The transition to Act II happens once players find a rhythm for working with their teammates and start to seriously take on the task of reducing carbon, from a “How do you do anything” to a “What is the best thing to do” mindset. Once they start working together, they’ll notice that the game still has challenges but is much more manageable now, and they’re truly called upon to make the most of their teamwork and character abilities to ensure success.
Ideally, the transition to Act III involves an acceptance of the fear and other negative emotions that were present from Energize’s beginning, and pushing through to see everything to its conclusion.
We know from contemporary research that ignoring our fears isn’t helpful, but neither is feeling so hopeless that we don’t do anything. Instead, we reached for a narrative of “it’s really scary but we’re going to do it anyway”. By the end of the game, we want people to feel their fears disperse as things get better.
On that note, that’s why it’s so important that Energize is a co-operative game and not competitive. We want people to learn how important it is to collaborate with others in order to reach what feels like daunting environmental challenges. We gave each player their own role with a special ability so that everyone has a particular place where they shine and are valued.
And regarding fear and motivation, the mechanics are designed to give advantages to players who act quickly rather than wait around. Rewarding swift moves was specifically requested by the environmental scholars on the team as it reflects environmental research.
How did developing Energize support your own Major Research Project about game poetics?
It formed the baseline of both creating and testing individual game poetics, and also in helping me understand how people drew meaning out of different situations. Specifically, running playtests was the most valuable part of the ENergize creation process by far, because it allowed me to witness the ideas, feelings and conclusions that people drew from a variety of different circumstances.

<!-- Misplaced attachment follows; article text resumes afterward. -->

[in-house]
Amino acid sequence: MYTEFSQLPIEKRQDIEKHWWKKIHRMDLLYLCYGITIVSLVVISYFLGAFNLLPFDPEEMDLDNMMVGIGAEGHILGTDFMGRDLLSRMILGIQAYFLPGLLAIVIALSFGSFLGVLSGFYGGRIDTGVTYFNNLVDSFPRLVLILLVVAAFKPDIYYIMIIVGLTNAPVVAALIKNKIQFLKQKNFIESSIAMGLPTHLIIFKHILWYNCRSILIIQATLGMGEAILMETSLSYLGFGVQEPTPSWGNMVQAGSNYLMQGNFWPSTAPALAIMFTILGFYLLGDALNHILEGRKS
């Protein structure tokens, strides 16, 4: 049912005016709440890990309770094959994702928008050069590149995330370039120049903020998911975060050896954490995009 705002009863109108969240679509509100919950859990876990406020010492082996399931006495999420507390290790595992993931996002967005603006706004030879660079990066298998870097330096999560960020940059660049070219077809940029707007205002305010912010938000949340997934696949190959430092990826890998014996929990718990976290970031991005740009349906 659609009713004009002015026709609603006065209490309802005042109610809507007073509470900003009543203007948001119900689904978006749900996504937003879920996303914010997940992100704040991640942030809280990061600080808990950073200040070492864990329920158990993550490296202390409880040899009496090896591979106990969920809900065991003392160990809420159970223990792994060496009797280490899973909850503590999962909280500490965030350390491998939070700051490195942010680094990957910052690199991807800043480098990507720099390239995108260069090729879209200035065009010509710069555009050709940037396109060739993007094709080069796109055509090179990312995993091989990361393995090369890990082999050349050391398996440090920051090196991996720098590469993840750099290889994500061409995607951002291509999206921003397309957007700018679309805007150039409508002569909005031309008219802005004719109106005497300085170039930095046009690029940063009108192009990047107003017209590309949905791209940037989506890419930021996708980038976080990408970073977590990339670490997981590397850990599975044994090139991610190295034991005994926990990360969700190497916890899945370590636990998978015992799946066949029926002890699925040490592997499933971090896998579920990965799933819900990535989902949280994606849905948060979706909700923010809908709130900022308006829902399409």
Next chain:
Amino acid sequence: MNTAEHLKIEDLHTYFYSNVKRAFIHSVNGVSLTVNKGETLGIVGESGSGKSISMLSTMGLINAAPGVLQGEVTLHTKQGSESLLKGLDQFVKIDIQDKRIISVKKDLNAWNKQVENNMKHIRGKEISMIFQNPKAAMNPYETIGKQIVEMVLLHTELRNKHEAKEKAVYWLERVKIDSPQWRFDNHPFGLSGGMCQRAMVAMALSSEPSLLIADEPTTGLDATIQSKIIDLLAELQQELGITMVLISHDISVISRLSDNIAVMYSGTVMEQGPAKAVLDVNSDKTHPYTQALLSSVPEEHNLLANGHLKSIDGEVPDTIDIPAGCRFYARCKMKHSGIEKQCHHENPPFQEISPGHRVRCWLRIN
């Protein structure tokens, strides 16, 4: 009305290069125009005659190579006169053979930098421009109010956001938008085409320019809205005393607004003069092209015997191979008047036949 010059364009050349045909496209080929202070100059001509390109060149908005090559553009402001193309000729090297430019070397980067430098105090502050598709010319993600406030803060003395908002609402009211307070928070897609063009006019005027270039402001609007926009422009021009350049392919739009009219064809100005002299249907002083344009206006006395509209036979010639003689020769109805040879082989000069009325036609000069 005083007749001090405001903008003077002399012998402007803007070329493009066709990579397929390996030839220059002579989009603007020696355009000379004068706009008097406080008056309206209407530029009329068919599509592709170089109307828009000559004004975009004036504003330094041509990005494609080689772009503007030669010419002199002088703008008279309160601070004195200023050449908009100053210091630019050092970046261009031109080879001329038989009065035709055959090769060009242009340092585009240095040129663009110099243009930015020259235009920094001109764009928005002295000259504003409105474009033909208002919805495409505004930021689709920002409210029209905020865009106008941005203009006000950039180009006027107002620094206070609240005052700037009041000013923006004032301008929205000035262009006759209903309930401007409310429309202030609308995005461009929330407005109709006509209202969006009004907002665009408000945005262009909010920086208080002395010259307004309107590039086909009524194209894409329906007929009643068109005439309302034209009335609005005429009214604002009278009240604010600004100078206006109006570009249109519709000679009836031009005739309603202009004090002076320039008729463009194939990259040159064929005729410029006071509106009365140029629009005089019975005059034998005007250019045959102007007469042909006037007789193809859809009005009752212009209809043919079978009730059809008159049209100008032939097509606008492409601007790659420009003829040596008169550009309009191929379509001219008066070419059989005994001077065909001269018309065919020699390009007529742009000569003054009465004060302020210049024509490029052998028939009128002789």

Game poetics is basically about tracing and shaping the way that people draw meaning from various mechanics and interactions in a piece of media, so by seeing how something like an event deck would shape people’s impressions on political opponents, or by seeing how people felt about the tedious number of steps it took to pass legislation, I could better understand how different game poetics worked in a practical context.
So if we were looking at a game poetic like axis, which is about a game element’s influence on your chances of winning/losing, we could have a better frame for understanding how powerful the Social Media action should be compared to the Pass Legislation action for example. Or for another example, I’ve seen players debating a project called Business Carbon Tax and measuring the importance of popularity versus the importance of reducing carbon. A frame like Axis could be useful in understanding why people would ever choose to do the unpopular thing - I made carbon reduction the #1 goal and was careful to make individual population levels not matter too much, so that players can make critical realizations like “It is sometimes worthwhile to sacrifice your popularity”.
Energize is available online for free as a print-and-play - contact us for more information. Schools, community centres, and citizens across Waterloo can reach out to Mathew Thijssen from the UW Sustainability Office to inquire about accessing the game. AC says that the context driving Energize – its relevance to Waterloo - can be rearticulated to fit any region across Canada should other municipalities want to pursue a research project that will produce own, specialized version.